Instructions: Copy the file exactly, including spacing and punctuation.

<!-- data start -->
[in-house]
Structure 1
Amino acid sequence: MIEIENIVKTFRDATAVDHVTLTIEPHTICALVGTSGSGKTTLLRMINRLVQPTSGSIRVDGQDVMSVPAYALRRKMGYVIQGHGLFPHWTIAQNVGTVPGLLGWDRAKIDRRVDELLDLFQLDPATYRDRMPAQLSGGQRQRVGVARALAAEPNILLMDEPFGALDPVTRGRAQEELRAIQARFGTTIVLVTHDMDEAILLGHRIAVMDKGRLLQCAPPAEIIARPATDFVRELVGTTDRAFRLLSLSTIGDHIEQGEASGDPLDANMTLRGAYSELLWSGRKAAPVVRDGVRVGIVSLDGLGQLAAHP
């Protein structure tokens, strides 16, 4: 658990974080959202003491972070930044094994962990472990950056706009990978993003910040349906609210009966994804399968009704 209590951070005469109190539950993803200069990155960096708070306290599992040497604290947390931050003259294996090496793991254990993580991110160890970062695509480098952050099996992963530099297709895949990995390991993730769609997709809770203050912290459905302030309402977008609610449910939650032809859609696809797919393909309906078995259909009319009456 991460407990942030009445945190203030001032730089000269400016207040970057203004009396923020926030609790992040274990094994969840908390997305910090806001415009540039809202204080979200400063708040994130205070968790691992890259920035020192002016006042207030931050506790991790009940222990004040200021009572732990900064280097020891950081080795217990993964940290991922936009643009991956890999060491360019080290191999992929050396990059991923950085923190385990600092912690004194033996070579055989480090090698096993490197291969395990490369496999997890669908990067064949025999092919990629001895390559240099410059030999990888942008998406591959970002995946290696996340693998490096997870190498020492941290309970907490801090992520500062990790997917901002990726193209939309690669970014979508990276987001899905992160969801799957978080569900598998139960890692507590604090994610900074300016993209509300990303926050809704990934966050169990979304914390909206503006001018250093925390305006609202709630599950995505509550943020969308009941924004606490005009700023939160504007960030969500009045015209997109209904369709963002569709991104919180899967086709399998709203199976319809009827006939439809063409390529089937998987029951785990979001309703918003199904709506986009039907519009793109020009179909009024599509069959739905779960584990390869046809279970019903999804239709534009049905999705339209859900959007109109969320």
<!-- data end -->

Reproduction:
[in-house]
Structure 1
Amino acid sequence: MIEIENIVKTFRDATAVDHVTLTIEPHTICALVGTSGSGKTTLLRMINRLVQPTSGSIRVDGQDVMSVPAYALRRKMGYVIQGHGLFPHWTIAQNVGTVPGLLGWDRAKIDRRVDELLDLFQLDPATYRDRMPAQLSGGQRQRVGVARALAAEPNILLMDEPFGALDPVTRGRAQEELRAIQARFGTTIVLVTHDMDEAILLGHRIAVMDKGRLLQCAPPAEIIARPATDFVRELVGTTDRAFRLLSLSTIGDHIEQGEASGDPLDANMTLRGAYSELLWSGRKAAPVVRDGVRVGIVSLDGLGQLAAHP
């Protein structure tokens, strides 16, 4: 658990974080959202003491972070930044094994962990472990950056706009990978993003910040349906609210009966994804399968009704 209590951070005469109190539950993803200069990155960096708070306290599992040497604290947390931050003259294996090496793991254990993580991110160890970062695509480098952050099996992963530099297709895949990995390991993730769609997709809770203050912290459905302030309402977008609610449910939650032809859609696809797919393909309906078995259909009319009456 991460407990942030009445945190203030001032730089000269400016207040970057203004009396923020926030609790992040274990094994969840908390997305910090806001415009540039809202204080979200400063708040994130205070968790691992890259920035020192002016006042207030931050506790991790009940222990004040200021009572732990900064280097020891950081080795217990993964940290991922936009643009991956890999060491360019080290191999992929050396990059991923950085923190385990600092912690004194033996070579055989480090090698096993490197291969395990490369496999997890669908990067064949025999092919990629001895390559240099410059030999990888942008998406591959970002995946290696996340693998490096997870190498020492941290309970907490801090992520500062990790997917901002990726193209939309690669970014979508990276987001899905992160969801799957978080569900598998139960890692507590604090994610900074300016993209509300990303926050809704990934966050169990979304914390909206503006001018250093925390305006609202709630599950995505509550943020969308009941924004606490005009700023939160504007960030969500009045015209997109209904369709963002569709991104919180899967086709399998709203199976319809009827006939439809063409390529089937998987029951785990979001309703918003199904709506986009039907519009793109020009179909009024599509069959739905779960584990390869046809279970019903999804239709534009049905999705339209859900959007109109969320």